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In September 2001, Cambridge University Press published Bjørn Lomborg’s The Skeptical Environmentalist: Measuring the True State of the World. The book’s comprehensiveness (515 pages; 2,930 footnotes), the author’s green credentials (a former Greenpeace member, Lomborg began the book’s research to debunk Julian Simon’s forecasts of continuing environmental improvement), and Lomborg’s powerful refutation of the doomsday “litany of our ever-deteriorating environment,” sparked considerable interest. Favorable reviews followed in the New York Times, Washington Post, and The Economist. When the book became an international best seller, ideological environmentalists launched an angry counter-attack. Among the key figures to impugn Lomborg’s scholarship is the subject of this paper: Harvard Professor John P. Holdren.
Holdren, a Clinton-era leader of climate policy and energy technology task forces, is now the leading academic member of the National Commission on Energy Policy, a $10 million, two-year project tasked with formulating a “centrist” energy policy. Holdren is also one of four authors to attack Lomborg in the January 2002 issue of Scientific American, in a feature pretentiously titled, “Science Defends Itself Against The Skeptical Environmentalist.”
A more accurate title would be “Environmental Establishment Fears to Debate Bjørn Lomborg.” Scientific American refused Lomborg the right of reply in the same issue, offered no space to scientists not affiliated with environmental activist causes, and even threatened to sue Lomborg if he tried to reproduce the Scientific American articles, with his detailed responses, on his own Website. Scientific American’s one-sided presentation of evidence, while claiming to defend science from just such abuse, easily qualifies as Orwellian. The fact that the magazine, five months later, gave Lomborg one page to respond to 11 pages of criticism hardly constitutes balance.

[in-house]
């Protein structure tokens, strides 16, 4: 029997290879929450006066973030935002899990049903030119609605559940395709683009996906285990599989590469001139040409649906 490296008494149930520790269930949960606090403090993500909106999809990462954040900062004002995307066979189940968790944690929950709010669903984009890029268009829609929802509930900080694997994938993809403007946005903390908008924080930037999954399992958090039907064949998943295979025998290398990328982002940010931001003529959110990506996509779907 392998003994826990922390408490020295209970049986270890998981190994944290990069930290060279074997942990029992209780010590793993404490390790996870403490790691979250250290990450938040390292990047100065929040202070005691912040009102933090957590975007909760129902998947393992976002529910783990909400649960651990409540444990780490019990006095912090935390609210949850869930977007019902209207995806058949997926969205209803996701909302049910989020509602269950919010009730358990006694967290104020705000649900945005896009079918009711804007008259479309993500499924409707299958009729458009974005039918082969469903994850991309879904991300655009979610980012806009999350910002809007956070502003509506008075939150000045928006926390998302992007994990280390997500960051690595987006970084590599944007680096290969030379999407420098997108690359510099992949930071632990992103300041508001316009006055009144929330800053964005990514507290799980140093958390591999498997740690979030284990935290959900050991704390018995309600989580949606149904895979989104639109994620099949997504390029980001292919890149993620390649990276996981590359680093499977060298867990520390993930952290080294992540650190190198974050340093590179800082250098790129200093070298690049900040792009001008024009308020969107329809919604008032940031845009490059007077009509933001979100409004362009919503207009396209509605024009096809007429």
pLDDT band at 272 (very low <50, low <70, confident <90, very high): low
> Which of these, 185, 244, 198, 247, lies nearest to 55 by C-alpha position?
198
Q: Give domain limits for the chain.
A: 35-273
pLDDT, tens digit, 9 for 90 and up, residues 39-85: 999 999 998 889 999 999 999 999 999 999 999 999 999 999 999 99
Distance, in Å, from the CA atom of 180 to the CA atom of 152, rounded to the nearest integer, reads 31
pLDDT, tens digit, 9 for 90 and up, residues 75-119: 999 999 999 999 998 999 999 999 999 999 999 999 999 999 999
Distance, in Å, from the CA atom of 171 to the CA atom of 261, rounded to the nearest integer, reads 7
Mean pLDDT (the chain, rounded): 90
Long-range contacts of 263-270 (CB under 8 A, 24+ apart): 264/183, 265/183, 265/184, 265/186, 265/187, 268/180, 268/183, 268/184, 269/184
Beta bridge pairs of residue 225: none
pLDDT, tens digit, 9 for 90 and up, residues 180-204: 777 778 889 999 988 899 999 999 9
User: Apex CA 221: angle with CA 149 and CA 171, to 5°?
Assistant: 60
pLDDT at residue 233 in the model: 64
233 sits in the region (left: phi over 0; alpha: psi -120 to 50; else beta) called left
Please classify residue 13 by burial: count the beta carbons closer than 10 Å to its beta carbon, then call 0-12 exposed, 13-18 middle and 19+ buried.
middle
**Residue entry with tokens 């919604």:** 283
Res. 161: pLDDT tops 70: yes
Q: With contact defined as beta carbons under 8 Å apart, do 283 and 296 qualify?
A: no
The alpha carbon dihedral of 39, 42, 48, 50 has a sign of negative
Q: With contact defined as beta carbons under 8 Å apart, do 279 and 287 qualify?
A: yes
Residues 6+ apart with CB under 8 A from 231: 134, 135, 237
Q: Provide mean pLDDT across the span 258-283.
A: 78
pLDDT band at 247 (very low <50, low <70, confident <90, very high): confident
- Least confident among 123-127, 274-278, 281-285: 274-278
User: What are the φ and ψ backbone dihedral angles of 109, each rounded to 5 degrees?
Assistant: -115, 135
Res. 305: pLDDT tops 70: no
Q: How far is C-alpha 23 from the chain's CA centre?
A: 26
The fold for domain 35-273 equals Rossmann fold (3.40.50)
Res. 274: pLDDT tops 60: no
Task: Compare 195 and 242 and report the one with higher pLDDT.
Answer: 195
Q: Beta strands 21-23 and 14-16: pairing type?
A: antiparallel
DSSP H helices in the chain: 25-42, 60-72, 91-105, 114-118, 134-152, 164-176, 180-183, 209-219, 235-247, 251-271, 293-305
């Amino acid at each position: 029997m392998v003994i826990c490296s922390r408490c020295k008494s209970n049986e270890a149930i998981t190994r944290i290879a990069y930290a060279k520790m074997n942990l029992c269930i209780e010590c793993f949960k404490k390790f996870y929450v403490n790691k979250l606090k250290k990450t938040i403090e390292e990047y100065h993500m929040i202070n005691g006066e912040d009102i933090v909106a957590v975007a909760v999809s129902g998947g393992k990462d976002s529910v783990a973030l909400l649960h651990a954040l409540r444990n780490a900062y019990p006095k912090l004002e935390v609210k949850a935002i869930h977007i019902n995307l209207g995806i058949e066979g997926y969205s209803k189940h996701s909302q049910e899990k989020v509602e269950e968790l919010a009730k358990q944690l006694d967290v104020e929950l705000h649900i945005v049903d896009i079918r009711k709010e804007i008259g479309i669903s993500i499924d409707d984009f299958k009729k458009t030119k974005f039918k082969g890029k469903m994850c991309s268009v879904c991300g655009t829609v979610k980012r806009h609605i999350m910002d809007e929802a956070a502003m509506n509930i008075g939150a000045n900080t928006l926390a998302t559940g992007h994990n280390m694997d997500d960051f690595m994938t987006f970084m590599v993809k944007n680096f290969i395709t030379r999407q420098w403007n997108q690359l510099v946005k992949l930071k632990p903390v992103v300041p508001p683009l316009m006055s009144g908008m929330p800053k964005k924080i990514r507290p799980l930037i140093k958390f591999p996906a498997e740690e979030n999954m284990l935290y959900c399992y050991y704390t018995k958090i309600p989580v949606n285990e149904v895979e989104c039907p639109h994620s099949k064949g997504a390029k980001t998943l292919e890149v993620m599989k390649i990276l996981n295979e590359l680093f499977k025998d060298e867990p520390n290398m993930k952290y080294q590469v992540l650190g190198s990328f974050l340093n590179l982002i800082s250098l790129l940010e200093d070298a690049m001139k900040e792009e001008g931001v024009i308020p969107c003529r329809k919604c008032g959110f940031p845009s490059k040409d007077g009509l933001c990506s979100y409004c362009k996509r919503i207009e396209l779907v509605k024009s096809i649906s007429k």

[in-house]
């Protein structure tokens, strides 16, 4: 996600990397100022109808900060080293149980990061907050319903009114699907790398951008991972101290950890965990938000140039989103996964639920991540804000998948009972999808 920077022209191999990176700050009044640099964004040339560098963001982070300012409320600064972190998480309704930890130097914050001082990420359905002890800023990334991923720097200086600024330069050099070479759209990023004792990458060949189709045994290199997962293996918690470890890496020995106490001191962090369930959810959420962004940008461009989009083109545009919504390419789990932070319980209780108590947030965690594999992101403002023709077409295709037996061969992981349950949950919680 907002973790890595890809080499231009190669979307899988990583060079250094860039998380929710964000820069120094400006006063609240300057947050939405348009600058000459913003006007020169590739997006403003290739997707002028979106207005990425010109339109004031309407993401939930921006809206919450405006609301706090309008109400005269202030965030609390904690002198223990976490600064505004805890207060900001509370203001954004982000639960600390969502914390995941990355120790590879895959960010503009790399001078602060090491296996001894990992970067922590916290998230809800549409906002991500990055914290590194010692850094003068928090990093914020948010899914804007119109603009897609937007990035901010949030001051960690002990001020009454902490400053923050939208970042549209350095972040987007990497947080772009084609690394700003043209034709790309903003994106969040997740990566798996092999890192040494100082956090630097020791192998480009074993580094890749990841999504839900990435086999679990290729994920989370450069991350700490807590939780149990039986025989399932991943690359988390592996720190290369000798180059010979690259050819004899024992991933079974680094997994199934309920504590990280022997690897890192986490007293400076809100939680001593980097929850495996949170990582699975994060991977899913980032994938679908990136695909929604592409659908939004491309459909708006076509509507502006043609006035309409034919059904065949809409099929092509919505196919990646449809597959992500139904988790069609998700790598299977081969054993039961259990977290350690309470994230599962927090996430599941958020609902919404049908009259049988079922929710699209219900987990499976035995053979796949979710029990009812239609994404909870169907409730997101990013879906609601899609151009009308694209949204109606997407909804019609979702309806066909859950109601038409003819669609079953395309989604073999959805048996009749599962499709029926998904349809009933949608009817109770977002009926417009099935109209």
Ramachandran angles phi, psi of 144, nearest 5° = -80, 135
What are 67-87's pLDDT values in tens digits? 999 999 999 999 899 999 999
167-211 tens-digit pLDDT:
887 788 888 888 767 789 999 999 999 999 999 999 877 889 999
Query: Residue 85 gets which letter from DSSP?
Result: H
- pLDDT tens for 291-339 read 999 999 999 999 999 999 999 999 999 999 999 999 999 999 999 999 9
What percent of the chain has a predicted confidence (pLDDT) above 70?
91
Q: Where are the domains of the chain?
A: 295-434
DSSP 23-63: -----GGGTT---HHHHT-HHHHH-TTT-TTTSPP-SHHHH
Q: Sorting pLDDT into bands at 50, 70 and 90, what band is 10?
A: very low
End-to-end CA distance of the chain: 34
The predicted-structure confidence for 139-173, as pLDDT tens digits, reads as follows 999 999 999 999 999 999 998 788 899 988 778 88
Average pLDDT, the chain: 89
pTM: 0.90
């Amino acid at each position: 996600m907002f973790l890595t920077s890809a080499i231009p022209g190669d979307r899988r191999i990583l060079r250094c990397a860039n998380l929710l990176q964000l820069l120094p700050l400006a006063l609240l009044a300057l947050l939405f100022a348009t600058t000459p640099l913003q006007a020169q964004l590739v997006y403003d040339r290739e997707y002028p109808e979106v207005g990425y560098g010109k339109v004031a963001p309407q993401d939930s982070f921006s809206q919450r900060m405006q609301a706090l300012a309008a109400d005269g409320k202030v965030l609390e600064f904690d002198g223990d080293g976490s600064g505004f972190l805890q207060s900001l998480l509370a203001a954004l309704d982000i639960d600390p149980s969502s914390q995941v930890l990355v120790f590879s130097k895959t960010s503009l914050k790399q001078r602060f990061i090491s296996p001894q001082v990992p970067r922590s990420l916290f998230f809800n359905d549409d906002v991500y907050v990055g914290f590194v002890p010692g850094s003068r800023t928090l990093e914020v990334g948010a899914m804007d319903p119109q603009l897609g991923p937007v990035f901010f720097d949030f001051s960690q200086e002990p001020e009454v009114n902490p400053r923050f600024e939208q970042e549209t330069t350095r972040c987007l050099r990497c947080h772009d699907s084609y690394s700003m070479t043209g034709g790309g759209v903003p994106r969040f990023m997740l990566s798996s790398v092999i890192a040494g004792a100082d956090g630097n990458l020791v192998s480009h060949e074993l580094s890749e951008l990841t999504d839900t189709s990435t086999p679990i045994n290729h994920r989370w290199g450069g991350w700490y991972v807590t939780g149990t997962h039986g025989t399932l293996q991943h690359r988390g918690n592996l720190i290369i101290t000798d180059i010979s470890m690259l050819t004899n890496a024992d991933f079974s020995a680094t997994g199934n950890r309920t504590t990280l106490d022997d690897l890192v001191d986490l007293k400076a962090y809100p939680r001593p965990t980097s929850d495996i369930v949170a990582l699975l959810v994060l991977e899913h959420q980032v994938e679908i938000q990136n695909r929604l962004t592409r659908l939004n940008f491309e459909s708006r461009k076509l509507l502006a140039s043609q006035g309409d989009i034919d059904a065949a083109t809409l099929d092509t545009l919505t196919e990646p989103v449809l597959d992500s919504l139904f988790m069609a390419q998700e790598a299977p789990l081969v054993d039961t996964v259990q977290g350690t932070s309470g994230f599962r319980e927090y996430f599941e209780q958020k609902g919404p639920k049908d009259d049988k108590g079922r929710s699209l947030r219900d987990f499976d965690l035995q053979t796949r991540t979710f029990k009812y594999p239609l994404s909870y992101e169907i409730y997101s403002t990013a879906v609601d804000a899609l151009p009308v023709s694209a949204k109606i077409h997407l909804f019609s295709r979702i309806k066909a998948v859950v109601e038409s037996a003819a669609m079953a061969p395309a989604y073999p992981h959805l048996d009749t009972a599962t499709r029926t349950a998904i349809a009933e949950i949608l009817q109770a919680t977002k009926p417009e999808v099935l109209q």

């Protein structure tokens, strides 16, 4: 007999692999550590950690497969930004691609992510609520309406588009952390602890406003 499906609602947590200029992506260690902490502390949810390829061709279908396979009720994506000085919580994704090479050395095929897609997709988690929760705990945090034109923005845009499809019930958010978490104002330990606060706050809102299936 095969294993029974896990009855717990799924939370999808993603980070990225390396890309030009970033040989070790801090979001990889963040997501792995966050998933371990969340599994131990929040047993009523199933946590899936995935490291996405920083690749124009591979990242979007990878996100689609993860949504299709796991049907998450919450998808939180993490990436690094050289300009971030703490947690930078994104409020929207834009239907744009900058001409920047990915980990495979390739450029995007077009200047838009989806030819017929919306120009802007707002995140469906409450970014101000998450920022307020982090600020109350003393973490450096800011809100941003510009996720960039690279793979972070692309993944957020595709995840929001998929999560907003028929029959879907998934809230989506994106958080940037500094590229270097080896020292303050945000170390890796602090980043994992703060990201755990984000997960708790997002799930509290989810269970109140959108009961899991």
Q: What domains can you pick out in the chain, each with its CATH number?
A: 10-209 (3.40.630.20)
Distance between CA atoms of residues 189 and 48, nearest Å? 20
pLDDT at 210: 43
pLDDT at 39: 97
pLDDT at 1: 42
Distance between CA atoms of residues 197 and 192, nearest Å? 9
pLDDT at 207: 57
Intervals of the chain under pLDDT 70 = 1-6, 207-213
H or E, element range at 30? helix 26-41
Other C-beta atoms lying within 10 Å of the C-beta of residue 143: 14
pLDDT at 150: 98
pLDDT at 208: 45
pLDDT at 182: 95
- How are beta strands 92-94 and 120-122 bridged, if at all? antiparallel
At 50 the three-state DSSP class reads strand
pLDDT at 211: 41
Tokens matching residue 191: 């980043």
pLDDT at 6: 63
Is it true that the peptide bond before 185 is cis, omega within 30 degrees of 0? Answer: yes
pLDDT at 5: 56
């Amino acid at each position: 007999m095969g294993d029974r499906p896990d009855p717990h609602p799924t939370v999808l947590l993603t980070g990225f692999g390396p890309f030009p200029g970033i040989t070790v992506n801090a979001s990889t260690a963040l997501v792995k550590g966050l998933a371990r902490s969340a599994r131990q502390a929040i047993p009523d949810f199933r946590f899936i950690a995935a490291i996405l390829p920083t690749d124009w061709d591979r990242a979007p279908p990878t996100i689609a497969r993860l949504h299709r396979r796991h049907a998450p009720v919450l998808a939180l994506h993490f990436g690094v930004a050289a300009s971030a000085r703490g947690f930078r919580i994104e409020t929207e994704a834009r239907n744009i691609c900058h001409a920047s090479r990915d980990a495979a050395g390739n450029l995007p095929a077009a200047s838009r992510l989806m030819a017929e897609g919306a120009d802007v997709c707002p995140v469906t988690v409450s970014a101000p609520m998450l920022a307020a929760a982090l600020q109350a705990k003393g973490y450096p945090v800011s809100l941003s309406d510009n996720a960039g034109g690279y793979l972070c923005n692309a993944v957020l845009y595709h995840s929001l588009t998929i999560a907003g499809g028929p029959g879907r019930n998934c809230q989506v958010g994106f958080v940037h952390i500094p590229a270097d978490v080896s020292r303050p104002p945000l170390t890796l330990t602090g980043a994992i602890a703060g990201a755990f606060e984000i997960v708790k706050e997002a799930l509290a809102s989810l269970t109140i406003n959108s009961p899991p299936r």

In January 2003, a group calling itself the Danish Committees on Scientific Dishonesty issued an official denunciation of Lomborg, alleging that his book “is contrary to standards of good scientific practice” because it offers a “systematically biased representation” of environmental data. Yet, rather than conduct an independent investigation, the Committees simply rehashed the four attacks published in Scientific American. And just as Scientific American initially tried to suppress Lomborg’s detailed rebuttal, so the Committees declined to evaluate it. A more honest name for this panel would be the Committees for Scientific Dishonesty.
The present paper, written by energy historian and policy expert, Robert L. Bradley, Jr., President of the Institute for Energy Research and senior research fellow at the University of Houston, confines itself to the task of examining Holdren’s Scientific American article and other publications on energy issues. It demonstrates that Holdren’s critique of Lomborg fails dismally. Insofar as the Danish panel relies on Holdren’s allegations, it is retailing falsehoods and exaggeration in the name of science.
Bradley finds the following flaws in Holdren’s Scientific American article:
In addition, Bradley documents shortcomings and outright errors in Holdren’s 30-year career as a physicist-turned-energy-polemicist: